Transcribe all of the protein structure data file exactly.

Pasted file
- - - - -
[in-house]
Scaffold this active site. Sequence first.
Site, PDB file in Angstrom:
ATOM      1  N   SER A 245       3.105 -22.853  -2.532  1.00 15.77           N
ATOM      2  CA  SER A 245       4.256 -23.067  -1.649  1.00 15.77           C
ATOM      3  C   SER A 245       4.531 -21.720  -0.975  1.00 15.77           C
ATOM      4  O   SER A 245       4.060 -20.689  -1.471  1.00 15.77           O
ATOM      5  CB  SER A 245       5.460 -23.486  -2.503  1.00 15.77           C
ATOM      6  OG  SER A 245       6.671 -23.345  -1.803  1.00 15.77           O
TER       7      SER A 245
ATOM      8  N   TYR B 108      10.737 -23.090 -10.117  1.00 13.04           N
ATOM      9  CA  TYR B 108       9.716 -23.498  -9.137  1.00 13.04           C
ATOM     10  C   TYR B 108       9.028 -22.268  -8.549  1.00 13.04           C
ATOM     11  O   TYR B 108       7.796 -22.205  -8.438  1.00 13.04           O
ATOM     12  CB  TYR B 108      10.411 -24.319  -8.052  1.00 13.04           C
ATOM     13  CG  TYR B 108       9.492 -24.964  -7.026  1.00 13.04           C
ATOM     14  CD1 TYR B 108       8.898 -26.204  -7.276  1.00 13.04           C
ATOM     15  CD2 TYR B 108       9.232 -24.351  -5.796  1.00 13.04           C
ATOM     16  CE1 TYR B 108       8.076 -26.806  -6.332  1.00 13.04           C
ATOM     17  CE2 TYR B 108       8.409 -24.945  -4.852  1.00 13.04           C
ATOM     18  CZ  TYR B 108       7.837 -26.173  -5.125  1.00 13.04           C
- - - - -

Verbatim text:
[in-house]
Scaffold this active site. Sequence first.
Site, PDB file in Angstrom:
ATOM      1  N   SER A 245       3.105 -22.853  -2.532  1.00 15.77           N
ATOM      2  CA  SER A 245       4.256 -23.067  -1.649  1.00 15.77           C
ATOM      3  C   SER A 245       4.531 -21.720  -0.975  1.00 15.77           C
ATOM      4  O   SER A 245       4.060 -20.689  -1.471  1.00 15.77           O
ATOM      5  CB  SER A 245       5.460 -23.486  -2.503  1.00 15.77           C
ATOM      6  OG  SER A 245       6.671 -23.345  -1.803  1.00 15.77           O
TER       7      SER A 245
ATOM      8  N   TYR B 108      10.737 -23.090 -10.117  1.00 13.04           N
ATOM      9  CA  TYR B 108       9.716 -23.498  -9.137  1.00 13.04           C
ATOM     10  C   TYR B 108       9.028 -22.268  -8.549  1.00 13.04           C
ATOM     11  O   TYR B 108       7.796 -22.205  -8.438  1.00 13.04           O
ATOM     12  CB  TYR B 108      10.411 -24.319  -8.052  1.00 13.04           C
ATOM     13  CG  TYR B 108       9.492 -24.964  -7.026  1.00 13.04           C
ATOM     14  CD1 TYR B 108       8.898 -26.204  -7.276  1.00 13.04           C
ATOM     15  CD2 TYR B 108       9.232 -24.351  -5.796  1.00 13.04           C
ATOM     16  CE1 TYR B 108       8.076 -26.806  -6.332  1.00 13.04           C
ATOM     17  CE2 TYR B 108       8.409 -24.945  -4.852  1.00 13.04           C
ATOM     18  CZ  TYR B 108       7.837 -26.173  -5.125  1.00 13.04           C